now, according to the most recent survey from the Institute for Supply Management (ISM), with a reading of 48.3 in October (below 50 indicates contraction and above indicates expansion). That is only slightly better than September when the index dropped
to its lowest level since 2009 with a reading of 47.8. Does this change the fundamental outlook and call for a change in portfolio risk exposure?
To answer that question, we must put that data into context. Although the ISM manufacturing survey has been an important leading indicator of economic strength, it also has fallen into contraction territory several times during this expansion, in 2013
and again in 2016. Thus, making investment decisions on this data point in isolation could have been detrimental. In terms of impact on the overall U.S. economy, the manufacturing sector only directly makes up a little over 11% of U.S. GDP and just
8.5% of total employment today, as the U.S. has become increasingly service-oriented. The much larger service sector remains in expansion territory according to the ISM non-manufacturing index with a 54.7 reading in October, although that is off index
highs of over 60 a year prior. Additionally, the impact of the current General Motors strike, which was recently resolved, likely weighed notably on the manufacturing index over the last few months.
That is not to say that this indicator should be ignored. It does show that slowing international economies are reducing demand for U.S. exports. It also demonstrates that the tight job market is putting pressure on labor costs and that the ongoing trade
conflicts are damaging business sentiment, which hurts capital investment and job growth. And the manufacturing sector has a much larger impact when you consider the services involved in getting those goods to market, including transportation and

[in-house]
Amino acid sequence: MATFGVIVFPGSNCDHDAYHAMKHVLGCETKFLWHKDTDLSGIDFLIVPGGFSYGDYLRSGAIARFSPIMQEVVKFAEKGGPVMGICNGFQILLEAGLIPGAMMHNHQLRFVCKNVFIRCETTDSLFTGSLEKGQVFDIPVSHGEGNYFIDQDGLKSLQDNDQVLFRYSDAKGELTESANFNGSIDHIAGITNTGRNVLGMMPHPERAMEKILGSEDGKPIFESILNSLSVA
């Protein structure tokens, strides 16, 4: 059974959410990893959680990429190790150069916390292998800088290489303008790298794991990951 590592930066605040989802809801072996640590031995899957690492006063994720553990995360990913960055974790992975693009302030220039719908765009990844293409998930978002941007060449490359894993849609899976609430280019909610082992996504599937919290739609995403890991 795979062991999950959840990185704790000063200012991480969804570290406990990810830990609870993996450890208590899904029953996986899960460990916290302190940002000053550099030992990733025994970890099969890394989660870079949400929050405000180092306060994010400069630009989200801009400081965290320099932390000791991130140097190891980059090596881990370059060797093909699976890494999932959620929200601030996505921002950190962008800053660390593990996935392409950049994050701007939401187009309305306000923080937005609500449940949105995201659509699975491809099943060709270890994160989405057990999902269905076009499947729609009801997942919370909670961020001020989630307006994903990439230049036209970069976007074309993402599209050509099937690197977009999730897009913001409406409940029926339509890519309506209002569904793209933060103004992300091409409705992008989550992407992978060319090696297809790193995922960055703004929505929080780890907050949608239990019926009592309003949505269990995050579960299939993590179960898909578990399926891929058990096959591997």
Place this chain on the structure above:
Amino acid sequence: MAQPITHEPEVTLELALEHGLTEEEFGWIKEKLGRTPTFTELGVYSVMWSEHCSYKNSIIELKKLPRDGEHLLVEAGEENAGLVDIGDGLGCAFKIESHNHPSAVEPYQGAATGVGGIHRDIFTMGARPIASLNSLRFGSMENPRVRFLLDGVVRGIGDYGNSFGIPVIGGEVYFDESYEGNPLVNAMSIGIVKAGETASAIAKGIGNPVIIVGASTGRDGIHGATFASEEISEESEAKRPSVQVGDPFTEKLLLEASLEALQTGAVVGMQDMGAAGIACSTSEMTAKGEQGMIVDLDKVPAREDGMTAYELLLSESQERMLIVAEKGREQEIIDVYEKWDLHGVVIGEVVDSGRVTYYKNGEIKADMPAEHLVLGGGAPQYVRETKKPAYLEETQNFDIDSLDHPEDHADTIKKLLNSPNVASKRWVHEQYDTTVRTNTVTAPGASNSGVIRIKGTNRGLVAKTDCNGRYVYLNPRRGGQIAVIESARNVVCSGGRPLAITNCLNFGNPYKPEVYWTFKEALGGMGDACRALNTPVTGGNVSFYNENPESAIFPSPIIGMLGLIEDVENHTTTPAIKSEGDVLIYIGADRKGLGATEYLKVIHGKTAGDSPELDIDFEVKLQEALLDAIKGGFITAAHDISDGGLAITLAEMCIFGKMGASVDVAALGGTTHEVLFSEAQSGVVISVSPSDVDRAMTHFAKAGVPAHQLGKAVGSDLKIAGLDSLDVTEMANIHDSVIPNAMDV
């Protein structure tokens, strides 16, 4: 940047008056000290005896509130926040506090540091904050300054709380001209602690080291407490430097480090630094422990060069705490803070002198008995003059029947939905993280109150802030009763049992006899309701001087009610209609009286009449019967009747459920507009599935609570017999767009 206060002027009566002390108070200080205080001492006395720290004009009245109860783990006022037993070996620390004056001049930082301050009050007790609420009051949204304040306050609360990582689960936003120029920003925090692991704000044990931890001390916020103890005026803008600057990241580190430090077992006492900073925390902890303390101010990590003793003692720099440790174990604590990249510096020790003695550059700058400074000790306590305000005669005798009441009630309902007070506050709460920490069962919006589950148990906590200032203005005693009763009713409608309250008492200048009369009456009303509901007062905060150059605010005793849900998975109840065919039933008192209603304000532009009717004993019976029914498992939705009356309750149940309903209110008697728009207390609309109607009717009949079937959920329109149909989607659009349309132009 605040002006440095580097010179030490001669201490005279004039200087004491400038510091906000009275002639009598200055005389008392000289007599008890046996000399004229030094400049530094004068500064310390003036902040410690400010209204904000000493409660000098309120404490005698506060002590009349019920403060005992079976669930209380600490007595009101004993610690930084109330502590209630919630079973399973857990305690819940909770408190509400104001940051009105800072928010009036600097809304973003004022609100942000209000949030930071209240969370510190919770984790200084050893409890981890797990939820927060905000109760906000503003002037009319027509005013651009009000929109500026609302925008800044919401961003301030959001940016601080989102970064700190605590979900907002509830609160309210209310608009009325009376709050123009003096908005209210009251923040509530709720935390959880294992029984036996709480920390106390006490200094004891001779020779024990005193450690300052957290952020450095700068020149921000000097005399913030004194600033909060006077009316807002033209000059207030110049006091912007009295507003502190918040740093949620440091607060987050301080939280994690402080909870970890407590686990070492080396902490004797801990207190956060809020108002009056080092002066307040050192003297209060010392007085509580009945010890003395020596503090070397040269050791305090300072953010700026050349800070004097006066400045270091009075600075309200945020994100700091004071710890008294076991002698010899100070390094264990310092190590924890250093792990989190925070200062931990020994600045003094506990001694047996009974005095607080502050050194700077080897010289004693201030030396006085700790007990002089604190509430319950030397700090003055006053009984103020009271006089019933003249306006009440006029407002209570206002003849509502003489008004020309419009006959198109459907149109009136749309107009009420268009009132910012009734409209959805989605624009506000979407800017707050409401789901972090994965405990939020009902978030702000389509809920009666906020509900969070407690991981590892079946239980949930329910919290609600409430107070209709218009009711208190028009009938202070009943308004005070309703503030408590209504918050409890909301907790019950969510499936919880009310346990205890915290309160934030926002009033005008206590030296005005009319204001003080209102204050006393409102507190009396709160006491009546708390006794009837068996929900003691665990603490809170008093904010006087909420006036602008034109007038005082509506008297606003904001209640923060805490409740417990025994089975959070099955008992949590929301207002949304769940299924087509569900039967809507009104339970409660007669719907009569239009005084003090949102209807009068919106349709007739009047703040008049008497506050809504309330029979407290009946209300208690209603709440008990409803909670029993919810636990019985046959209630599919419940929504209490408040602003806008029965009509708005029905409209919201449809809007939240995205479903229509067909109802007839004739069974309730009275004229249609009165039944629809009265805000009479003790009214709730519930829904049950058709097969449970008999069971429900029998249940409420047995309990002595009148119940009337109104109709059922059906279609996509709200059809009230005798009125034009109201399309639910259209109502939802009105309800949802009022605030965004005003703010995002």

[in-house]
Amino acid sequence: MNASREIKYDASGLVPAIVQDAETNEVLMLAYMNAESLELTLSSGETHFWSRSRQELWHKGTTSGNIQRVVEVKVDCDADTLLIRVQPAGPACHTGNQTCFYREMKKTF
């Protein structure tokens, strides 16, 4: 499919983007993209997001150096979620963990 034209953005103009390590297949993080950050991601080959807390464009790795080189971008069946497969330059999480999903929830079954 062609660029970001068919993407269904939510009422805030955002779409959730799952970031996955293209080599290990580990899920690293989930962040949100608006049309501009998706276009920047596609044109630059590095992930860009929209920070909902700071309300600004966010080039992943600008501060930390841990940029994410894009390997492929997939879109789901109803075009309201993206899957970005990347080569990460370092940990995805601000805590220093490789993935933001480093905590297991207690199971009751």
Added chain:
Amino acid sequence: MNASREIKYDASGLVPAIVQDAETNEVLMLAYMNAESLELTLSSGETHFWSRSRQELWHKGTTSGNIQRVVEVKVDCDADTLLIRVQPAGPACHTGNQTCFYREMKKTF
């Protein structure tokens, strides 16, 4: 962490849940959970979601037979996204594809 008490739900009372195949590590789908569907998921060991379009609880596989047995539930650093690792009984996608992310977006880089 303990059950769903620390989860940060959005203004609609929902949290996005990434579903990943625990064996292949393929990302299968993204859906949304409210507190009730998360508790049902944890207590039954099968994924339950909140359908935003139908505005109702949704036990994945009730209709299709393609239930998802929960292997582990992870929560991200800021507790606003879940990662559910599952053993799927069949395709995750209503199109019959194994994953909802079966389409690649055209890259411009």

retailing. With these other components, the final output of goods as a percentage of GDP is more significant at about 30%. This means that viewing one data point in isolation, even a valid indicator, creates its own noise that can cause harmful investor
actions without sufficient knowledge of context.
The ISM manufacturing index in combination with other economic and market factors, confirms that economic growth is slowing, which we have written and discussed with clients for some time now. However, we still don’t foresee slowing economic growth
turning into recession in the near-term, as long as the U.S. consumer, who drives almost 70% of U.S. GDP growth, remains on stable footing. This outlook still holds true, supported by an unemployment rate of 3.6% that is just off its 50-year low,
rising wages above the rate of inflation, and high consumer confidence. Items that may shift our outlook include continuing downside in manufacturing and any knock on effects that it may have for the service sector and employment, thus impacting the
In many cases, investors who make reactionary investment decisions based on a short-term outlook are turning their greatest advantage of constant liquidity and daily market pricing into their greatest disadvantage. At First Merchants Private Wealth Advisors,
we strive to help clients avoid this pitfall by tuning out the short-term noise and remaining focused on the long-term, fundamental picture. As always, we will continue to monitor the economic and market outlook and keep you apprised of our thoughts
and actions. Please don’t hesitate to contact us with questions.
First Merchants Private Wealth Advisors products are not FDIC insured, are not deposits of First Merchants Bank, are not guaranteed by any federal government agency, and may lose value. Investments are not guaranteed by First Merchants Bank and are not
insured by any government agency. This material has been prepared solely for informational purposes. First Merchants shall not be liable for any errors or delays in the data or information, or for any actions taken in reliance thereon. Any views or
opinions in this message are solely those of the author and do not necessarily represent those of the organization.